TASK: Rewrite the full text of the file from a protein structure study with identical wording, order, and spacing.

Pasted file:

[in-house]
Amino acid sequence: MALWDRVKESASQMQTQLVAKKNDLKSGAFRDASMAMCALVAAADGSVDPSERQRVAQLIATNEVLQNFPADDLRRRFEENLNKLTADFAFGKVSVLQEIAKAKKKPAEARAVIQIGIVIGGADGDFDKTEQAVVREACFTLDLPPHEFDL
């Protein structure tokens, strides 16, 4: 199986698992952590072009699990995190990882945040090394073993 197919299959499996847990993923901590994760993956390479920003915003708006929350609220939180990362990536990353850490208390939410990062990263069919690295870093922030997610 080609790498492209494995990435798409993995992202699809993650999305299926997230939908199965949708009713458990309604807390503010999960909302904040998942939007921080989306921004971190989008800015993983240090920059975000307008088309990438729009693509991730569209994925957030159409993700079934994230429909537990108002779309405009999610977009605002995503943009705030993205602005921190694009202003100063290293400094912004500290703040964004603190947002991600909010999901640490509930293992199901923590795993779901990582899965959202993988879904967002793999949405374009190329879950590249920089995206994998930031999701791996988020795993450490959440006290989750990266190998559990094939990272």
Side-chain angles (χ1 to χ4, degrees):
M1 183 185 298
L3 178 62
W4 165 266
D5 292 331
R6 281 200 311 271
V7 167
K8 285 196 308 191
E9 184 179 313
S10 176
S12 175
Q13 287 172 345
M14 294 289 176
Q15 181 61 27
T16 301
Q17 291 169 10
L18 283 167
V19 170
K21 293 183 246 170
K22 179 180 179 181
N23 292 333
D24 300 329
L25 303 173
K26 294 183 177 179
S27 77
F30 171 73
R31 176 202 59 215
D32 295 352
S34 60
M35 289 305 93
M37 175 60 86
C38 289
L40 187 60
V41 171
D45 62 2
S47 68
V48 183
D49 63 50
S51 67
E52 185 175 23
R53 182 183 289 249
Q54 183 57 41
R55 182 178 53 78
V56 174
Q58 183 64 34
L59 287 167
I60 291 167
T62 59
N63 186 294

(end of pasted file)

[in-house]
Amino acid sequence: MALWDRVKESASQMQTQLVAKKNDLKSGAFRDASMAMCALVAAADGSVDPSERQRVAQLIATNEVLQNFPADDLRRRFEENLNKLTADFAFGKVSVLQEIAKAKKKPAEARAVIQIGIVIGGADGDFDKTEQAVVREACFTLDLPPHEFDL
């Protein structure tokens, strides 16, 4: 199986698992952590072009699990995190990882945040090394073993 197919299959499996847990993923901590994760993956390479920003915003708006929350609220939180990362990536990353850490208390939410990062990263069919690295870093922030997610 080609790498492209494995990435798409993995992202699809993650999305299926997230939908199965949708009713458990309604807390503010999960909302904040998942939007921080989306921004971190989008800015993983240090920059975000307008088309990438729009693509991730569209994925957030159409993700079934994230429909537990108002779309405009999610977009605002995503943009705030993205602005921190694009202003100063290293400094912004500290703040964004603190947002991600909010999901640490509930293992199901923590795993779901990582899965959202993988879904967002793999949405374009190329879950590249920089995206994998930031999701791996988020795993450490959440006290989750990266190998559990094939990272």
Side-chain angles (χ1 to χ4, degrees):
M1 183 185 298
L3 178 62
W4 165 266
D5 292 331
R6 281 200 311 271
V7 167
K8 285 196 308 191
E9 184 179 313
S10 176
S12 175
Q13 287 172 345
M14 294 289 176
Q15 181 61 27
T16 301
Q17 291 169 10
L18 283 167
V19 170
K21 293 183 246 170
K22 179 180 179 181
N23 292 333
D24 300 329
L25 303 173
K26 294 183 177 179
S27 77
F30 171 73
R31 176 202 59 215
D32 295 352
S34 60
M35 289 305 93
M37 175 60 86
C38 289
L40 187 60
V41 171
D45 62 2
S47 68
V48 183
D49 63 50
S51 67
E52 185 175 23
R53 182 183 289 249
Q54 183 57 41
R55 182 178 53 78
V56 174
Q58 183 64 34
L59 287 167
I60 291 167
T62 59
N63 186 294